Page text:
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The Secret Formula for Success? A Flexible Mind and Internships

Career panels for humanities majors offer advice, encouragement 

By Jeremy Schwab

Humanities majors—whether they’re studying philosophy, English, art history, or another discipline—sometimes get asked the question, “So what are you going to do for a career?” The answer, as many successful former humanities majors know, is that you can do just about anything with a humanities training because of the ways in which it teaches you to see the world. Surveys of employers back this up, emphasizing the value of creative and critical thinking, an understanding of cultural nuance, and the ability to communicate ideas clearly and compellingly.

During a panel discussion and Q&A this spring on “Humanities in the World,” former CAS English major Jay Fielden (CAS’92) highlighted how his ability to solve new problems and think creatively helped him adjust to a major career shift. After years serving as editor-in-chief of Esquire, he decided to try something new, which turned out to be helping a hedge fund communicate its value. “I didn’t find writing for a hedge fund to be horrific,” said Fielden during the March forum organized for students by the BU Center for the Humanities. “I found it very stimulating to start to understand how the global economy works and to think of it as a system.”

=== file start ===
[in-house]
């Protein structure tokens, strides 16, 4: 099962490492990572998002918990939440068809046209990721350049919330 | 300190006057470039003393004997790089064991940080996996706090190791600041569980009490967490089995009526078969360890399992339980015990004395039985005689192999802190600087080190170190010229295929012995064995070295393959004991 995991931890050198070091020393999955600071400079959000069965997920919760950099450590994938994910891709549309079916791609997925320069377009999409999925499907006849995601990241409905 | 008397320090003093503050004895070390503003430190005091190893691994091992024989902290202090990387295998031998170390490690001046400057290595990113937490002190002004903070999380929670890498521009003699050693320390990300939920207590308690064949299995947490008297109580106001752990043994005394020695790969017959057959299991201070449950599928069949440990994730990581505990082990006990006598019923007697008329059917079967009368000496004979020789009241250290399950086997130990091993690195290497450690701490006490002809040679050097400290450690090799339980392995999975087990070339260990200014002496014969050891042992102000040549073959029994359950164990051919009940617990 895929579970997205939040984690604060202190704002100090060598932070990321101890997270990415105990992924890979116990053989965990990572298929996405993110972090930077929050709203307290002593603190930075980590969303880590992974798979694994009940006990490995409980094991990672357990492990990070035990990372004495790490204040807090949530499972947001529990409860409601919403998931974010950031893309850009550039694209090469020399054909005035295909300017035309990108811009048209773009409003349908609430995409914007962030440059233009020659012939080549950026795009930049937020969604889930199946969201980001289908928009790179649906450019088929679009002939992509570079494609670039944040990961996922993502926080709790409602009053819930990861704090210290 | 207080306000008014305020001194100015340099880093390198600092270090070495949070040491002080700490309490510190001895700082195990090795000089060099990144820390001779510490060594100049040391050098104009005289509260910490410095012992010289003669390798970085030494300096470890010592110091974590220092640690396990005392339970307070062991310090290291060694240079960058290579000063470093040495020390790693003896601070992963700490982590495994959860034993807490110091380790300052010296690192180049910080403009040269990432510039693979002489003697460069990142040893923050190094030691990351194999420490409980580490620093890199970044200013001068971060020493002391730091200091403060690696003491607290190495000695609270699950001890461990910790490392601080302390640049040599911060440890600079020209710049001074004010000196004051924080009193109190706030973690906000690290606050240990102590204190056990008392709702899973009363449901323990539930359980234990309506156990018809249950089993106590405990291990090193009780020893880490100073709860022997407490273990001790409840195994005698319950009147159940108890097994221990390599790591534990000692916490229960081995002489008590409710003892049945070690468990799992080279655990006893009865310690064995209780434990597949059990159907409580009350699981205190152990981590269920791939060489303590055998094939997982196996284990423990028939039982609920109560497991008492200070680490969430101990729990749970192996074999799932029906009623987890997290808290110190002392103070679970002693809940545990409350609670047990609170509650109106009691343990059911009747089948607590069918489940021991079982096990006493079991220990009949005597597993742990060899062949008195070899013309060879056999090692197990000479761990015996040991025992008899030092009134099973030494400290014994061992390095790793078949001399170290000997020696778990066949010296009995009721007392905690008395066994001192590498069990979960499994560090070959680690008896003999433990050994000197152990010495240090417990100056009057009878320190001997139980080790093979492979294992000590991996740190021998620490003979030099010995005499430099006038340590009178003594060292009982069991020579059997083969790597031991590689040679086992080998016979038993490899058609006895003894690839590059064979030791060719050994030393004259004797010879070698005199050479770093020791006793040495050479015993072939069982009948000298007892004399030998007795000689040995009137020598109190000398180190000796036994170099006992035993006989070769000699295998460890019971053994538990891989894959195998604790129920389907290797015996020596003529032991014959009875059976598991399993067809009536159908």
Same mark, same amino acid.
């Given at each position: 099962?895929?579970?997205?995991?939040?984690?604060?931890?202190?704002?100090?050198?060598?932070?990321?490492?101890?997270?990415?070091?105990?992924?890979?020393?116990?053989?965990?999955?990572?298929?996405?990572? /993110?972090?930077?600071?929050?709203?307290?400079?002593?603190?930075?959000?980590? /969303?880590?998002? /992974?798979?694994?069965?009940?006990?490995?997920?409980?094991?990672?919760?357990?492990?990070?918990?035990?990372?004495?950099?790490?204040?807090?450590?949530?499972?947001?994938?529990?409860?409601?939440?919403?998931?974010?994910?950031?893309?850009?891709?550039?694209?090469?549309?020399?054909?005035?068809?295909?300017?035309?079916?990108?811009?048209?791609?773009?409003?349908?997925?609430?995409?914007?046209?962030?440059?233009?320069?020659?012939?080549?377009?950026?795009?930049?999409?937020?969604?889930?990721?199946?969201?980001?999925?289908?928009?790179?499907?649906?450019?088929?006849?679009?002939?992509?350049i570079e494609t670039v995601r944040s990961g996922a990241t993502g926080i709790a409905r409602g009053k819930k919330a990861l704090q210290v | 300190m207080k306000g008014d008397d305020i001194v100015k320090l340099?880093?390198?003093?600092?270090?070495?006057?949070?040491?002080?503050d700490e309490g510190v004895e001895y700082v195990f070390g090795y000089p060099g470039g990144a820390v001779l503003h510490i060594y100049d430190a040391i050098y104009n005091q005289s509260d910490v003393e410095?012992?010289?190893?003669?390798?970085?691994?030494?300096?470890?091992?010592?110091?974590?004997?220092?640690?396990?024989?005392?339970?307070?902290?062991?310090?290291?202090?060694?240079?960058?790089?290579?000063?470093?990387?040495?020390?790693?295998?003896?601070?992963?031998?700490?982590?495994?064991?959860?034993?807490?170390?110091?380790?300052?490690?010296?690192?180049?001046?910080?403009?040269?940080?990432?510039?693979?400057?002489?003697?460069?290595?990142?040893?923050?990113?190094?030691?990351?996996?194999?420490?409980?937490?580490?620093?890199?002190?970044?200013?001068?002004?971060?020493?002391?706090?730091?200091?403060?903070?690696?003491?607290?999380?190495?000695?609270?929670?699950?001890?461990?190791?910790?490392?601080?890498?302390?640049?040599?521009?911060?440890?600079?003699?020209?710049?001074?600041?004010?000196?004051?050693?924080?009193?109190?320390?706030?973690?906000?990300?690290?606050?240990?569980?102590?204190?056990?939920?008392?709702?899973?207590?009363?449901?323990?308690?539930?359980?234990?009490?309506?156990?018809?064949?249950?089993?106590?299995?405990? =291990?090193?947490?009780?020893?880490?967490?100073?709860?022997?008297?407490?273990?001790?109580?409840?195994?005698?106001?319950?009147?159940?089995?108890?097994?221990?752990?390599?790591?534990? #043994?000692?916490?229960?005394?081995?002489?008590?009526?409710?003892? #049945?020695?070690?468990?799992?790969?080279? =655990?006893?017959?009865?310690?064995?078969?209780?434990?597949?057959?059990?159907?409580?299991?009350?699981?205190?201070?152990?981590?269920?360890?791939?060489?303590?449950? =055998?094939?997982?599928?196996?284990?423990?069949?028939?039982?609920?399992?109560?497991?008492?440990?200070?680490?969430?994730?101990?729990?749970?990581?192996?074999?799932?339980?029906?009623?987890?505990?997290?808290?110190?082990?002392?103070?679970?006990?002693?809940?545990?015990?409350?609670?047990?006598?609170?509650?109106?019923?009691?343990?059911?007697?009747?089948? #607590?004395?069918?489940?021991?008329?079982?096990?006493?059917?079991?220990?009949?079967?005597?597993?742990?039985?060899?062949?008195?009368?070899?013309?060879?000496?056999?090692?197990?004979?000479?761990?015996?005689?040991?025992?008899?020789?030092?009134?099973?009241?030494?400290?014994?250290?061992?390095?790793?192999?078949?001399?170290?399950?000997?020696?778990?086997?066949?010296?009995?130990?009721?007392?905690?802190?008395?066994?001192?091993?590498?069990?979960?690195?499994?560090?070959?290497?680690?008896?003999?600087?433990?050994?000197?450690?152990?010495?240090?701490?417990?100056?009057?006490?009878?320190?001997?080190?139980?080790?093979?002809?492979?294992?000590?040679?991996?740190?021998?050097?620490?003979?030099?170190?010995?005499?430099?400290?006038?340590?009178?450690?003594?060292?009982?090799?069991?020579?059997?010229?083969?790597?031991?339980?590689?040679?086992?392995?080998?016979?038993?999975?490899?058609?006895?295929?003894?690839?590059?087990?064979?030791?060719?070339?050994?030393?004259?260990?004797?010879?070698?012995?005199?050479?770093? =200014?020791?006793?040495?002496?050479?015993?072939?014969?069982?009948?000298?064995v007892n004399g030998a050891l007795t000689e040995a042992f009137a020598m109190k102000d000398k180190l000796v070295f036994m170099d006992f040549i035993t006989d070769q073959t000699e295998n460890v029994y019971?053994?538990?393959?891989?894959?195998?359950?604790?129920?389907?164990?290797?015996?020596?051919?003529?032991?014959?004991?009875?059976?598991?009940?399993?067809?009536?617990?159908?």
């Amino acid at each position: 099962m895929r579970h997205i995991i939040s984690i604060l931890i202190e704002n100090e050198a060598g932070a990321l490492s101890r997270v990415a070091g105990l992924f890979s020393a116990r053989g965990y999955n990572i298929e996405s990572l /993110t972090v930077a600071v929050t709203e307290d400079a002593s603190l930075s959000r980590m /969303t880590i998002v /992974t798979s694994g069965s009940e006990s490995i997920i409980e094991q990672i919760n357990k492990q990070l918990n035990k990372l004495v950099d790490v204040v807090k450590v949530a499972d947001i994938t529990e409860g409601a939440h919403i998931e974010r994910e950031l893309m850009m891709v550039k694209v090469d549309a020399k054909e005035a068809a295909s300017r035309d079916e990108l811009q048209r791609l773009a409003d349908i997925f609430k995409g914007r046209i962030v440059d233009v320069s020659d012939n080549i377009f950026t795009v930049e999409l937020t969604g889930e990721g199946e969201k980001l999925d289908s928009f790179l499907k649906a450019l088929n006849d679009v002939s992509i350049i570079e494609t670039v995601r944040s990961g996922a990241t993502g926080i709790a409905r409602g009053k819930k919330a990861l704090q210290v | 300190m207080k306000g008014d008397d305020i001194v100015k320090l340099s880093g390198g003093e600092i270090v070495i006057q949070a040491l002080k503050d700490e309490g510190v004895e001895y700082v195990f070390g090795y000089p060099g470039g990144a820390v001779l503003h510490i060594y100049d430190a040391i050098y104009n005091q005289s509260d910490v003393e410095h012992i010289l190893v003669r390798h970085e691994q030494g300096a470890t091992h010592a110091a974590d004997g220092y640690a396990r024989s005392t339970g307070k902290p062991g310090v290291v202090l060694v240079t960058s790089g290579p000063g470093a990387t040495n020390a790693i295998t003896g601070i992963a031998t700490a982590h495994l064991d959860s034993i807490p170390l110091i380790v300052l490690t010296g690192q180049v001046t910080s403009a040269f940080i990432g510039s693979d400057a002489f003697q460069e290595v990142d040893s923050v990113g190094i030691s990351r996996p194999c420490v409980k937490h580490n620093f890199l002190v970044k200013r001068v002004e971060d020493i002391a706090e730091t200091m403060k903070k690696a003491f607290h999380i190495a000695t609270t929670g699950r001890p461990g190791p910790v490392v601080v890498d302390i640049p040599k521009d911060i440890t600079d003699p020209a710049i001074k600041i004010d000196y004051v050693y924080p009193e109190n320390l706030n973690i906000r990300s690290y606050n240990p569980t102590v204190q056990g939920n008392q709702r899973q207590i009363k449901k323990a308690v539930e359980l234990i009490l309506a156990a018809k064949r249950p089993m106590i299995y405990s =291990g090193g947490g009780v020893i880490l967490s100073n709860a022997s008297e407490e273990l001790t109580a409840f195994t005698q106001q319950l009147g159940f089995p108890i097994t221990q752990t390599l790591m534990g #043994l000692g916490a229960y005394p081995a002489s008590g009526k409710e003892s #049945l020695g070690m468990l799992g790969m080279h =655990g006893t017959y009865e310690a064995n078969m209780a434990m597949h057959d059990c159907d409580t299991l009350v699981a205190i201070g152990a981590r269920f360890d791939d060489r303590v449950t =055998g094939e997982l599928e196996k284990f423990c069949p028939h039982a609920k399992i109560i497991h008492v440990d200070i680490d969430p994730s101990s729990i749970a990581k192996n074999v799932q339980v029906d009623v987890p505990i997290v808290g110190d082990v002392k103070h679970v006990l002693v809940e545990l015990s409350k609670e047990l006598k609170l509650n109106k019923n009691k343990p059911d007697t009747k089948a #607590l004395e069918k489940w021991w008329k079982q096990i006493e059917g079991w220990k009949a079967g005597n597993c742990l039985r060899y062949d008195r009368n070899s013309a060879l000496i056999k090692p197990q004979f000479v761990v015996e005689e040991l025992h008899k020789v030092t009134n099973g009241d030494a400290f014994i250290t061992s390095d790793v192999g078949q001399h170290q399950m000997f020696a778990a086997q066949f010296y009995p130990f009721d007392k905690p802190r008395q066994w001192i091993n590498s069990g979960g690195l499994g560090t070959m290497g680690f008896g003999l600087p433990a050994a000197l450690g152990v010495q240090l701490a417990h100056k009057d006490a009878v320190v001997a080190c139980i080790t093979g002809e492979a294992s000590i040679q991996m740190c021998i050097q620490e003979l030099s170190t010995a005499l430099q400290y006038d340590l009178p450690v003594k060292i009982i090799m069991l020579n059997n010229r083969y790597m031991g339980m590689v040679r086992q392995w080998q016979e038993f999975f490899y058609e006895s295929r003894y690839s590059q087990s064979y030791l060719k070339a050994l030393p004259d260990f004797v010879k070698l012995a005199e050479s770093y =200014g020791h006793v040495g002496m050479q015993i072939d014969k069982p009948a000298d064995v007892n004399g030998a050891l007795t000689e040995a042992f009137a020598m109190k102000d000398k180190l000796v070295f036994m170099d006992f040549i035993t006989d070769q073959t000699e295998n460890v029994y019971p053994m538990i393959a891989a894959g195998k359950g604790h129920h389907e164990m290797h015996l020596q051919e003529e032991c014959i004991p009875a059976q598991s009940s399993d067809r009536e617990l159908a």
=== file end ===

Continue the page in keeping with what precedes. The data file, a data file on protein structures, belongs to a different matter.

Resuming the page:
Fielden advised students to consider applying for internships in areas that aren’t directly related to their majors in order to figure out what skills they enjoy using in the workplace.  Almost every panelist at the virtual forum (all of them CAS alums), as well as panelists who spoke at an April 12 employer panel on “Careers for Humanities Majors” organized by the BU Center for Career Development, emphasized the value and importance of pursuing internships.

Isabella Sanchez, another CAS English alum, recounted how multiple internships led her to the job she has now, as marketing and sales coordinator for Beacon Press. First, she interned at an art gallery in London while studying abroad through BU. When she was back on campus in Boston, she interned at Beacon Press. She was a week into her third internship when a job opened up for her at Beacon. “Internships are so crucial,” she told the student audience at the April event. “They help you get experience in your field and decide what interests you.”

Other panelists encouraged students to build their career network. “If I were in a student’s position and asked to network, I would probably die a little inside,” said professed introvert Amanda Teo, who serves as chief of staff to the Suffolk County district attorney. “I suggest looking at it instead as ‘How can I learn more about my field?’ People took the time to talk to me when I was networking because this [field] is what they loved.”

Penguin Random House Recruiter Stephen Garlington told the student audience that when he looks at resumes, he cares more about a person’s skill set than where they worked before or what they majored in. “Find a way to transfer your experiences into skill sets (on your resume)—what can you pull out that is of benefit to an employer?” he advised. “I think the days of ‘I’m going to major in X and just do that for my career’ are gone, except maybe in the hard sciences.”

CAS students looking for more resources or career advice can check out the Center for the Humanities website for information on their summer internships for humanities majors, workshops on applying to grad school, and HumaniTeas where they can learn about career paths in the humanities. Students can also contact the Center for Career Development, or learn more about internships both on campus and off on the CAS website. They are also encouraged to join BU Connects and post in the Arts & Sciences in Action group to learn about what opportunities graduates pursue and link up with like-minded alumni.